In this section, we take a step back first and talk about what search engines really see as keywords. When someone enters a search query, the search engine looks for those words in its index.
The preceding list gives you some of the clues a search engine would use to determine your site’s keywords. They are not listed in order of priority, nor do they represent an exhaustive list. All mystery aside, the search engine’s main goal is to give users the most relevant results. If a search engine cannot clearly connect a user’s query to keywords on your web page, it won’t include your site in the search results.
Planning Subject Theme Categories
Search engines rank individual pages but they do look for overall site‐wide themes in determining how relevant your web page is to a search query. As a general rule, the home page should use more broad‐range terms, and the supporting pages should use more specific and targeted terms that help support the home page.
By using this method, you enable the search engines to understand and index your site’s contents because this is the organization they’re expecting. And better indexing means better inclusion on search results.
Choosing Landing Pages for Subject Categories
You should organize your website into categories not just because it’s neater that way but also so that your site can rank well for any of its subject themes. Rather than having all inbound links point to your home page only, you should create an array of highly targeted pages representing all your categories. For each subject category in your website, you want to choose a landing page.
Organizing Your Primary and Secondary Subjects
Search engines look for depth of content. Your landing pages should each have at least three or four pages of supporting information that they link to. These subpages need to be within the same theme as the landing page that they support. Having several subpages linked from each landing page that all talk about the same subject theme reinforces your theme and boosts your landing page’s perceived expertise on the subject.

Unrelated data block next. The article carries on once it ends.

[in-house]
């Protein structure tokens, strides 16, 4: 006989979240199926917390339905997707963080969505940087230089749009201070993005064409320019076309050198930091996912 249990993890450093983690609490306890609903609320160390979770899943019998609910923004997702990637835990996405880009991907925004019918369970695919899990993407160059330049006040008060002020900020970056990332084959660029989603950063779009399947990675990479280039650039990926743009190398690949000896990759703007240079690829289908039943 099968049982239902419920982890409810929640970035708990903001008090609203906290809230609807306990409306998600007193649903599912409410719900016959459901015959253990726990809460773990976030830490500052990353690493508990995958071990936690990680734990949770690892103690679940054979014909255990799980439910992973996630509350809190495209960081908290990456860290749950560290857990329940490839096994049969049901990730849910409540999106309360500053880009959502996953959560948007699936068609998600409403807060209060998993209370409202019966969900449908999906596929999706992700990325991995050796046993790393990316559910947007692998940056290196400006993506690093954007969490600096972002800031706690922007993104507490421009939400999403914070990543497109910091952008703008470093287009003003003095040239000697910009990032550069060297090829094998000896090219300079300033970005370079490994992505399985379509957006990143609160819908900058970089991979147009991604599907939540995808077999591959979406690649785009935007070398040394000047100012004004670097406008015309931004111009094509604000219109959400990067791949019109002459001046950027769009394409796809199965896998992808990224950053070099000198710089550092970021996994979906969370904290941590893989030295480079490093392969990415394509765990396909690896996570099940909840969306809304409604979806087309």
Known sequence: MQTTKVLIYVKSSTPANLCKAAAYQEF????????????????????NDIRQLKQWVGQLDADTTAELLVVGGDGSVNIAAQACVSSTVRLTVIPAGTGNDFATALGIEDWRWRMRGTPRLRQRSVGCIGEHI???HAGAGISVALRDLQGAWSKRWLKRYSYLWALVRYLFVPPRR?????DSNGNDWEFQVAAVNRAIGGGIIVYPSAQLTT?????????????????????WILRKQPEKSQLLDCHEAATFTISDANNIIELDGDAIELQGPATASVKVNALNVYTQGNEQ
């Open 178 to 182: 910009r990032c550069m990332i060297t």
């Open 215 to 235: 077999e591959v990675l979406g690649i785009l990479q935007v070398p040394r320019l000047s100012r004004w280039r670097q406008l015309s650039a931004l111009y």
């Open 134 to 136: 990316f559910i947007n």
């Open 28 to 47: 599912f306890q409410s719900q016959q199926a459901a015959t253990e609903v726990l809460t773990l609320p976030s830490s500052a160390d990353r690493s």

Understanding Soloing “Under the Hood”
Now that you understand the importance of grouping content on your site, you might be wondering how to accomplish it. If you have a gigantic website with thousands of pages that need to be reorganized, don’t panic. You can do your soloing in two ways.
Consolidating Themes to Help Search Engines See Your Relevance
In order to rank well in search results for a particular keyword phrase, your website must provide related information that is organized in clear language that search engines understand.
If so, you have a high likelihood of achieving high rankings and attracting site visitors who are researching and shopping for products and services that you offer.
As we mention of this miniboom, we often explain the importance of creating subject silos by using the analogy that most websites are like a jar of marbles. A search engine can decipher meaning only when the subjects are clear and distinct.
Both of these cases may be preventing the search engines from seeing your web pages as relevant to your keywords. If your website is not currently ranking well for a keyword phrase, consider both possible causes. You may have too little content for a theme, in which case you need to increase the number of pages that contain keyword‐rich content on that subject